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Richmond's Adjusted Crime Figures Show Decline
April 19, 2001

State audit finds some crimes were overstated in 2000; without adjusting past tallies, comparisons are difficult 

By John Simerman

RICHMOND -- Overall crime in the city continued its downward slide in 2000 -- but only on paper. 

That is because Richmond police adjusted their tally of some felonies last year, turning a 4 percent rise in serious crime into a 4 percent decline. 

Last October, police Chief Joseph Samuels asked the state Department of Justice to audit Richmond's crime reporting practices after he noticed a 50 percent rise in reported auto thefts. Justice officials sampled crime reports and estimated that Richmond overstated auto thefts by 39 percent, and aggravated assaults by 9 percent. 

The department long has had the same system for crime reporting, and Samuels acknowledged that those two crimes likely have been overstated for many years. But he ordered the figures adjusted only for 2000, saying he wanted a new benchmark, not revised historical data. 

The result: The rise in auto thefts appears as an 8.5 percent decline when compared with 1999's unadjusted crime numbers. And a modest drop in aggravated assaults becomes a dramatic falloff. 

If both years are adjusted using the same Justice Department error estimates, overall serious crime in Richmond rose 2.9 percent in 2000. 

"We need to fix our systems and processes before we talk about up and down," Samuels said.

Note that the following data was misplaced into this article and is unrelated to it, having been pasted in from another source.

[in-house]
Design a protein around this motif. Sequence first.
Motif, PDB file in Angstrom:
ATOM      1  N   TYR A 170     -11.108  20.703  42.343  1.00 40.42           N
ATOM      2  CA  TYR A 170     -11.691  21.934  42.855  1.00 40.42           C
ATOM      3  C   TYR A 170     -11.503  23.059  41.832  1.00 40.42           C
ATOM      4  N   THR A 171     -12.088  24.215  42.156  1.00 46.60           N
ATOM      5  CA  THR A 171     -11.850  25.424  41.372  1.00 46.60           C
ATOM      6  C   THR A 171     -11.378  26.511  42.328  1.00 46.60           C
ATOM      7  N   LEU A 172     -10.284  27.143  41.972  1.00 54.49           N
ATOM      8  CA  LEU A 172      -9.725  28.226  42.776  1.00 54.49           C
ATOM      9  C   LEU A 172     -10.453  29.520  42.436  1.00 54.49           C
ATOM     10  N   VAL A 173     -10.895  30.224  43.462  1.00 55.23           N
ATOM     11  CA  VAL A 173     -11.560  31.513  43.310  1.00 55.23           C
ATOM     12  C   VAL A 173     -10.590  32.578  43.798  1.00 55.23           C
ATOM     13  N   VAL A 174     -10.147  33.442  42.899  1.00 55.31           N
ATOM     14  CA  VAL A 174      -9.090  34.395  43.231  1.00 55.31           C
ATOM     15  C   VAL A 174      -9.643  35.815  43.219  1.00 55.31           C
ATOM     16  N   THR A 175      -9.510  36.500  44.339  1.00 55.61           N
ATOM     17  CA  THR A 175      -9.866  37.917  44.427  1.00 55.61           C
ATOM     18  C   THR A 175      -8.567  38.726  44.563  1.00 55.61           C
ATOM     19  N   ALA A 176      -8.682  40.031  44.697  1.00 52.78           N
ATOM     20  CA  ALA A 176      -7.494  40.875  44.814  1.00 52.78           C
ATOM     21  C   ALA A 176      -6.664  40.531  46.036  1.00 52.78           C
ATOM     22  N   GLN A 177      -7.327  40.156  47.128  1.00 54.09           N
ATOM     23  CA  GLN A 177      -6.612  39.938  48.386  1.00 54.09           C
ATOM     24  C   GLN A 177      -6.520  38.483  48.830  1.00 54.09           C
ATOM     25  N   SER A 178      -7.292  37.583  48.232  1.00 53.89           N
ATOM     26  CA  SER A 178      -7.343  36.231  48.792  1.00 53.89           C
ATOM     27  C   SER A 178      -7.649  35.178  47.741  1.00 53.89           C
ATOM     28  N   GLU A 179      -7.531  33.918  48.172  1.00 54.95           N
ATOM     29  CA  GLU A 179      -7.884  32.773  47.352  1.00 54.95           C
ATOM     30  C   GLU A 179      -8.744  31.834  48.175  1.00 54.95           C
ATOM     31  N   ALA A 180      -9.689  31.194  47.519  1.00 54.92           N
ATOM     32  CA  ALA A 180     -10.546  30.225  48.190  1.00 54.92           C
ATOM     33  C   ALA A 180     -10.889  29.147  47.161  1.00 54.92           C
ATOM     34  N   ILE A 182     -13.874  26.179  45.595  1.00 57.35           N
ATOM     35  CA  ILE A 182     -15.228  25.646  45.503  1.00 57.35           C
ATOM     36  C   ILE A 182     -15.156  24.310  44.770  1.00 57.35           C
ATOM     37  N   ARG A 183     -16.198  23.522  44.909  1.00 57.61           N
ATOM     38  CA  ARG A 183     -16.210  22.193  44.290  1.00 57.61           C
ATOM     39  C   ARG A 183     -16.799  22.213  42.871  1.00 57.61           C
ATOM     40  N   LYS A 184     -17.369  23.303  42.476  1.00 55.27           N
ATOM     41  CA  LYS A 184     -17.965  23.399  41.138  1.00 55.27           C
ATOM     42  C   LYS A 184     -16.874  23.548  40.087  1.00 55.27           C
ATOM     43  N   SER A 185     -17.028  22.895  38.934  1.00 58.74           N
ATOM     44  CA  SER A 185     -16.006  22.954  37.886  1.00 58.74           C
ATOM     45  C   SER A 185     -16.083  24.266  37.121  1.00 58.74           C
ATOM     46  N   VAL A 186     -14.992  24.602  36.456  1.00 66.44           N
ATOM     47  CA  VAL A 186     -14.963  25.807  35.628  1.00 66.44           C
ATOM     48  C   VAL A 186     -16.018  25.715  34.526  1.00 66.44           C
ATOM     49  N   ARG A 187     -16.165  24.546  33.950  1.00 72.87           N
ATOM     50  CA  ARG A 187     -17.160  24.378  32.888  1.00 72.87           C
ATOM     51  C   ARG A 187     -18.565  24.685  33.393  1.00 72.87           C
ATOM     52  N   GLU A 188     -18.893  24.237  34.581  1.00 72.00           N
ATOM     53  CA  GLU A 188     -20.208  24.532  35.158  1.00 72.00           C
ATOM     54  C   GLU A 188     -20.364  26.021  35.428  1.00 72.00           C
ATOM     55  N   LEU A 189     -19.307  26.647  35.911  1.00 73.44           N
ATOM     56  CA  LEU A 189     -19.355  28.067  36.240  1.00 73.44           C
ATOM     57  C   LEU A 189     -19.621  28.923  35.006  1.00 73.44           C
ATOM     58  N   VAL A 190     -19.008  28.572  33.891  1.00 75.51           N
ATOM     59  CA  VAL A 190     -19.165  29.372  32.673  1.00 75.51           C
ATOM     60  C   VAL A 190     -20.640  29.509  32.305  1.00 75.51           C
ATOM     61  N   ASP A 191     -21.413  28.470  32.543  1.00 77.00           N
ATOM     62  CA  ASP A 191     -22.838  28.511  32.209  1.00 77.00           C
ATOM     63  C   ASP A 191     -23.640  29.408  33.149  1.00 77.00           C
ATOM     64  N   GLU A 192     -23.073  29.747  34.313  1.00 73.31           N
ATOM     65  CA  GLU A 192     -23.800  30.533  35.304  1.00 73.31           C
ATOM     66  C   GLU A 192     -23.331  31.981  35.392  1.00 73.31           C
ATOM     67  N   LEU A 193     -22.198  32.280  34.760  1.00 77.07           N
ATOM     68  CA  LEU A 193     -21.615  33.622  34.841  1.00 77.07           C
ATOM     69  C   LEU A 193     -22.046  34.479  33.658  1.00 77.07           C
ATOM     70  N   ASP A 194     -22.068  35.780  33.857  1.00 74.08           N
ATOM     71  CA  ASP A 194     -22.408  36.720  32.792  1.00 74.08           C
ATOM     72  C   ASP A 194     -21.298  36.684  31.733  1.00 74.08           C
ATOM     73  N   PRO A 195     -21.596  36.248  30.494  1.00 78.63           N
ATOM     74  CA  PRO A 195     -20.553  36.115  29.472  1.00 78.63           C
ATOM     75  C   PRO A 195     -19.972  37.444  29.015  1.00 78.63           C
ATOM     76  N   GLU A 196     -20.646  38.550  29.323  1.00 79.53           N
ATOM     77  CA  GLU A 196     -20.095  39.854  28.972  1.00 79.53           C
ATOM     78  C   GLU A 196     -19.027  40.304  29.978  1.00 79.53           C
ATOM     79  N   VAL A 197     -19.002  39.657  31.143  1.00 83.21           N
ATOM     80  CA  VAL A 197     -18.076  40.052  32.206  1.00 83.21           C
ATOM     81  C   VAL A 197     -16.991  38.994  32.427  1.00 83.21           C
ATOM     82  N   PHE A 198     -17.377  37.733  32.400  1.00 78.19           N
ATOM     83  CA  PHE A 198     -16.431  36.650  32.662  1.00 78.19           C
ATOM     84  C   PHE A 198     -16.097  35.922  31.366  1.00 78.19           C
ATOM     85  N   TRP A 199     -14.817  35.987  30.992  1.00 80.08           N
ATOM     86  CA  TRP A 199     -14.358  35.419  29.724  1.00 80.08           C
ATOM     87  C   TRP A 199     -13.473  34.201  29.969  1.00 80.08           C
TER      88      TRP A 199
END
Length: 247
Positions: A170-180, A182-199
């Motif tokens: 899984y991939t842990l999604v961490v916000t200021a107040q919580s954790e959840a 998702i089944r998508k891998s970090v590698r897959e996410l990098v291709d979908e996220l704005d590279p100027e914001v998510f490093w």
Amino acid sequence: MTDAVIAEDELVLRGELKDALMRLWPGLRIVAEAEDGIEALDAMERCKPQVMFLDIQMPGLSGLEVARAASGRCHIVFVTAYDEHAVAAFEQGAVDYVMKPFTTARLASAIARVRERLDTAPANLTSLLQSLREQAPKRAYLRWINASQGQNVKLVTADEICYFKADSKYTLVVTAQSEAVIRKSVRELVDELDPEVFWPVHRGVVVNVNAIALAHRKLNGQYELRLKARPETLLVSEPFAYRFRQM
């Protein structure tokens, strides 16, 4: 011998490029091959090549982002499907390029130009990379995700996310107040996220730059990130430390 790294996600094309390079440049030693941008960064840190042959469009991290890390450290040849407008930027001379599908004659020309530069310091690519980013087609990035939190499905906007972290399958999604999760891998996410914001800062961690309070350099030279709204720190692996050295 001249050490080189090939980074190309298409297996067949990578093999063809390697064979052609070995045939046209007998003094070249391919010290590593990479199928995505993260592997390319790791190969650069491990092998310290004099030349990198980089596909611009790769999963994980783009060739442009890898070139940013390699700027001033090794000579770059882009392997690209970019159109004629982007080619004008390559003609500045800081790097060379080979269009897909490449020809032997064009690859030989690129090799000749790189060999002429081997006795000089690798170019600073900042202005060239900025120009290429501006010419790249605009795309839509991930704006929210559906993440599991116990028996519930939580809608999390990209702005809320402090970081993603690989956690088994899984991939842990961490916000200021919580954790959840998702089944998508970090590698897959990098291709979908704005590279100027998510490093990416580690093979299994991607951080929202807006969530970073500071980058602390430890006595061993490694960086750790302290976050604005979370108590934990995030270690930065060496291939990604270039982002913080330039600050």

With the adjustment, Richmond can claim its lowest overall crime rate in more than a decade. Without it, the city saw the first increase in federal Part I crimes since 1997. Part I crimes include homicide, aggravated assault, rape, robbery, burglary, larceny, vehicle theft and arson. 

Samuels this week delivered both interpretations in a public report to the City Council. 

"It's very difficult to say that one figure represents our crime rate experience." Samuels told the council. "All of this is good, bad and ugly. There's actually more good than bad." 

The good includes a drop in all categories of violent crime -- homicide, aggravated assault, rape, robbery -- including a 19 percent drop in rape, according to police. Homicide slid from 31 to 29. Oakland, by comparison, saw its homicide numbers climb from 60 to 80 last year. 

So far this year, there have been six homicides in Richmond. 

Unadjusted, Richmond's crime rate generally followed the statewide trend for 2000, when crime rose in California for the first time in eight years, according to preliminary figures released last month. 

Mike Van Winkle, spokesman for the Department of Justice, said the agency receives requests for audits of crime reporting procedures from one or two police departments every year. Richmond was the only jurisdiction in the state to seek one last year, he said. 

Samuels said auditors found that many joy-riding cases and civil disputes that Richmond tallied as auto thefts failed to live up to that felony category. Similarly, a zero tolerance policy regarding domestic violence helped overinflate some civil disturbances to aggravated assault status, he said. 

"I did not get the perception that there was any cooking of the books to make it look like something existed that didn't really exist," said City Councilman Gary Bell. "I believe we're making good progress in dealing with the issue of crime." 

Councilman Tom Butt said he was not very concerned with comparisons of Richmond to itself.

"Plus or minus a few percentage points I don't think is significant," Butt said. "It's significant how we rate with other places. How does this crime rate compare to other places I might want to move my businesses or family? They've got to come to grips with that and set some goals or objectives." 

The city's per capita homicide rate in 2000 remained about five times the state level, while its broader crime rate was about twice the state's, according to state and city crime data.